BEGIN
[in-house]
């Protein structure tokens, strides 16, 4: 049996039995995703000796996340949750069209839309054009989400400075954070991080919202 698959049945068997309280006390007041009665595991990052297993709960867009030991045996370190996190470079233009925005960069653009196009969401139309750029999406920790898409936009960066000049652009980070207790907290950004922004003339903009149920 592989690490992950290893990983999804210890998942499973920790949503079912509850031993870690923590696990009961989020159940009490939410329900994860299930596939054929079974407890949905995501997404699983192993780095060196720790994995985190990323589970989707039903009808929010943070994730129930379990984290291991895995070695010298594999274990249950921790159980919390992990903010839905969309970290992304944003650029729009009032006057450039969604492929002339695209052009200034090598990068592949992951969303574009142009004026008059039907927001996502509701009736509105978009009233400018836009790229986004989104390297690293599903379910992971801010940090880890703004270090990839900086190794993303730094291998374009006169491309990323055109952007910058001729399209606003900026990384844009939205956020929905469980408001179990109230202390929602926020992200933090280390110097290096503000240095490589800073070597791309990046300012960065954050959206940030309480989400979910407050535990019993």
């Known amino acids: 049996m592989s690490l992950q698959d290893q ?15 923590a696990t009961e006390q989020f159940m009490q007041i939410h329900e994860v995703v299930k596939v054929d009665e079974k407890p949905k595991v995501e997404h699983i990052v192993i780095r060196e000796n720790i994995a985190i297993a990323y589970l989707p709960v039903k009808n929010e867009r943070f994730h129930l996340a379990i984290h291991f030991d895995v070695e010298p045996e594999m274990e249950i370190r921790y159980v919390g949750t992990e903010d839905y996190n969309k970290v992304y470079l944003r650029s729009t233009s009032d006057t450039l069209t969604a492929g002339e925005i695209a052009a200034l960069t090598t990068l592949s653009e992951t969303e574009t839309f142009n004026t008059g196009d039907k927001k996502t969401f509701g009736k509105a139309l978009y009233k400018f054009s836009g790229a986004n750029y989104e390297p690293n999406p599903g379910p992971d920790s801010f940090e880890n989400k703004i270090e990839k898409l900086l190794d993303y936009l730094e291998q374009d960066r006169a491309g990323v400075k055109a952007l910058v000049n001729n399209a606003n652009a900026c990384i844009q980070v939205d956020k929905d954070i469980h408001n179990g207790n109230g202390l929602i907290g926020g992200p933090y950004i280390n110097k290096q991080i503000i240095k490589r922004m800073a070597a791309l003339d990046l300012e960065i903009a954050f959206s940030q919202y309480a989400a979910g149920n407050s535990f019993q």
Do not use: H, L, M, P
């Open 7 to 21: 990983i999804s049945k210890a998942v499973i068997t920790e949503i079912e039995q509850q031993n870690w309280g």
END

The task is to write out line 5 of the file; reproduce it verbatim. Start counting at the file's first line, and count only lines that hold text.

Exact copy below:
């Open 7 to 21: 990983i999804s049945k210890a998942v499973i068997t920790e949503i079912e039995q509850q031993n870690w309280g």